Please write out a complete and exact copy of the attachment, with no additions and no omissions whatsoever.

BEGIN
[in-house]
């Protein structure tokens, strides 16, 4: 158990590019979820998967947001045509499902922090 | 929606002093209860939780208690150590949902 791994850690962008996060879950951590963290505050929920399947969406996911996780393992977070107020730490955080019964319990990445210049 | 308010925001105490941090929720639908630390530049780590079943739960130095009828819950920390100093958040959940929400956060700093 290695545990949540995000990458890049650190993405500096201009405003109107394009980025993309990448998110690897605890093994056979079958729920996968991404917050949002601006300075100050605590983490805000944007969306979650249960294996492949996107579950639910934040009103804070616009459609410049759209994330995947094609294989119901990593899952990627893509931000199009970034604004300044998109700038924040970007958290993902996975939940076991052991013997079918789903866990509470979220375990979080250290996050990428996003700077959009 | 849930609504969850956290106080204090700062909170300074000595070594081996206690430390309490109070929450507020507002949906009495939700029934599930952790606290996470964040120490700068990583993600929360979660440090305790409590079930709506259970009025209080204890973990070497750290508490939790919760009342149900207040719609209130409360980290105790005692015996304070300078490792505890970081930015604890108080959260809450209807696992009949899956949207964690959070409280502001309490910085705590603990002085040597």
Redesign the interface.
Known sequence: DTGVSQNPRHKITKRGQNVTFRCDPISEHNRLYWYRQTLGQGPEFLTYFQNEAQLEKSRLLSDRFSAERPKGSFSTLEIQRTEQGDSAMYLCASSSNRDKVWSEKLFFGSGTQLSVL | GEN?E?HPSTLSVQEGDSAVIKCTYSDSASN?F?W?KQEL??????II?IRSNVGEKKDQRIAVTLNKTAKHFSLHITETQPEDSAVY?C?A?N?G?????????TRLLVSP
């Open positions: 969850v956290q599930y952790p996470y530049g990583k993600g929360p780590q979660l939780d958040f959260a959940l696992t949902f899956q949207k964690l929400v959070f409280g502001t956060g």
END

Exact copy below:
[in-house]
């Protein structure tokens, strides 16, 4: 158990590019979820998967947001045509499902922090 | 929606002093209860939780208690150590949902 791994850690962008996060879950951590963290505050929920399947969406996911996780393992977070107020730490955080019964319990990445210049 | 308010925001105490941090929720639908630390530049780590079943739960130095009828819950920390100093958040959940929400956060700093 290695545990949540995000990458890049650190993405500096201009405003109107394009980025993309990448998110690897605890093994056979079958729920996968991404917050949002601006300075100050605590983490805000944007969306979650249960294996492949996107579950639910934040009103804070616009459609410049759209994330995947094609294989119901990593899952990627893509931000199009970034604004300044998109700038924040970007958290993902996975939940076991052991013997079918789903866990509470979220375990979080250290996050990428996003700077959009 | 849930609504969850956290106080204090700062909170300074000595070594081996206690430390309490109070929450507020507002949906009495939700029934599930952790606290996470964040120490700068990583993600929360979660440090305790409590079930709506259970009025209080204890973990070497750290508490939790919760009342149900207040719609209130409360980290105790005692015996304070300078490792505890970081930015604890108080959260809450209807696992009949899956949207964690959070409280502001309490910085705590603990002085040597």
Redesign the interface.
Known sequence: DTGVSQNPRHKITKRGQNVTFRCDPISEHNRLYWYRQTLGQGPEFLTYFQNEAQLEKSRLLSDRFSAERPKGSFSTLEIQRTEQGDSAMYLCASSSNRDKVWSEKLFFGSGTQLSVL | GEN?E?HPSTLSVQEGDSAVIKCTYSDSASN?F?W?KQEL??????II?IRSNVGEKKDQRIAVTLNKTAKHFSLHITETQPEDSAVY?C?A?N?G?????????TRLLVSP
């Open positions: 969850v956290q599930y952790p996470y530049g990583k993600g929360p780590q979660l939780d958040f959260a959940l696992t949902f899956q949207k964690l929400v959070f409280g502001t956060g």